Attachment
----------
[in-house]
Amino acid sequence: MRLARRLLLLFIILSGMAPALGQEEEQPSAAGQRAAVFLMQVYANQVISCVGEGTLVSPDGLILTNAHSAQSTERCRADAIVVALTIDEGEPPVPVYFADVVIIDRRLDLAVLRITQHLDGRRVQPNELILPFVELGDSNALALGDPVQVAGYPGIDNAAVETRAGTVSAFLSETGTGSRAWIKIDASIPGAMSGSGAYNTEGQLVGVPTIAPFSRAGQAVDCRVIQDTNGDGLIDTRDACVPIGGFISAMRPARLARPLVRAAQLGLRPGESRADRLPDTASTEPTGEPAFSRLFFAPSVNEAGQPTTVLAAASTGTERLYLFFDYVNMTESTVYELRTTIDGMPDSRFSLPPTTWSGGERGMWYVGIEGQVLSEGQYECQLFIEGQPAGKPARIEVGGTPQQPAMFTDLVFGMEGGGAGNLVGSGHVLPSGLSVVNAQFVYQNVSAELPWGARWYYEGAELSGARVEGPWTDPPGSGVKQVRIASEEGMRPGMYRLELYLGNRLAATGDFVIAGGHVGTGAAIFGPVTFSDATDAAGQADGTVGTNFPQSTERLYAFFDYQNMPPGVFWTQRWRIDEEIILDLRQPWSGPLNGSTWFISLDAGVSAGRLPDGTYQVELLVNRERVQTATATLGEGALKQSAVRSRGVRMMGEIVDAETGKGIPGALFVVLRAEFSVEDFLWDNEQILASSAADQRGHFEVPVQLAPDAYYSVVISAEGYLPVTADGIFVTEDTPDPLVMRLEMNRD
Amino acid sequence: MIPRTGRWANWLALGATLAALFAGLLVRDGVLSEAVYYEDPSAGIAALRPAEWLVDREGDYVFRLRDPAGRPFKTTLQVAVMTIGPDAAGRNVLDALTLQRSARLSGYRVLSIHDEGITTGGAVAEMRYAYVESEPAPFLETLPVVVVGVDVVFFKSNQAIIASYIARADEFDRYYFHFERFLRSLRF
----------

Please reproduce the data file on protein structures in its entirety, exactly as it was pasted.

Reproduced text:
[in-house]
Amino acid sequence: MRLARRLLLLFIILSGMAPALGQEEEQPSAAGQRAAVFLMQVYANQVISCVGEGTLVSPDGLILTNAHSAQSTERCRADAIVVALTIDEGEPPVPVYFADVVIIDRRLDLAVLRITQHLDGRRVQPNELILPFVELGDSNALALGDPVQVAGYPGIDNAAVETRAGTVSAFLSETGTGSRAWIKIDASIPGAMSGSGAYNTEGQLVGVPTIAPFSRAGQAVDCRVIQDTNGDGLIDTRDACVPIGGFISAMRPARLARPLVRAAQLGLRPGESRADRLPDTASTEPTGEPAFSRLFFAPSVNEAGQPTTVLAAASTGTERLYLFFDYVNMTESTVYELRTTIDGMPDSRFSLPPTTWSGGERGMWYVGIEGQVLSEGQYECQLFIEGQPAGKPARIEVGGTPQQPAMFTDLVFGMEGGGAGNLVGSGHVLPSGLSVVNAQFVYQNVSAELPWGARWYYEGAELSGARVEGPWTDPPGSGVKQVRIASEEGMRPGMYRLELYLGNRLAATGDFVIAGGHVGTGAAIFGPVTFSDATDAAGQADGTVGTNFPQSTERLYAFFDYQNMPPGVFWTQRWRIDEEIILDLRQPWSGPLNGSTWFISLDAGVSAGRLPDGTYQVELLVNRERVQTATATLGEGALKQSAVRSRGVRMMGEIVDAETGKGIPGALFVVLRAEFSVEDFLWDNEQILASSAADQRGHFEVPVQLAPDAYYSVVISAEGYLPVTADGIFVTEDTPDPLVMRLEMNRD
Amino acid sequence: MIPRTGRWANWLALGATLAALFAGLLVRDGVLSEAVYYEDPSAGIAALRPAEWLVDREGDYVFRLRDPAGRPFKTTLQVAVMTIGPDAAGRNVLDALTLQRSARLSGYRVLSIHDEGITTGGAVAEMRYAYVESEPAPFLETLPVVVVGVDVVFFKSNQAIIASYIARADEFDRYYFHFERFLRSLRF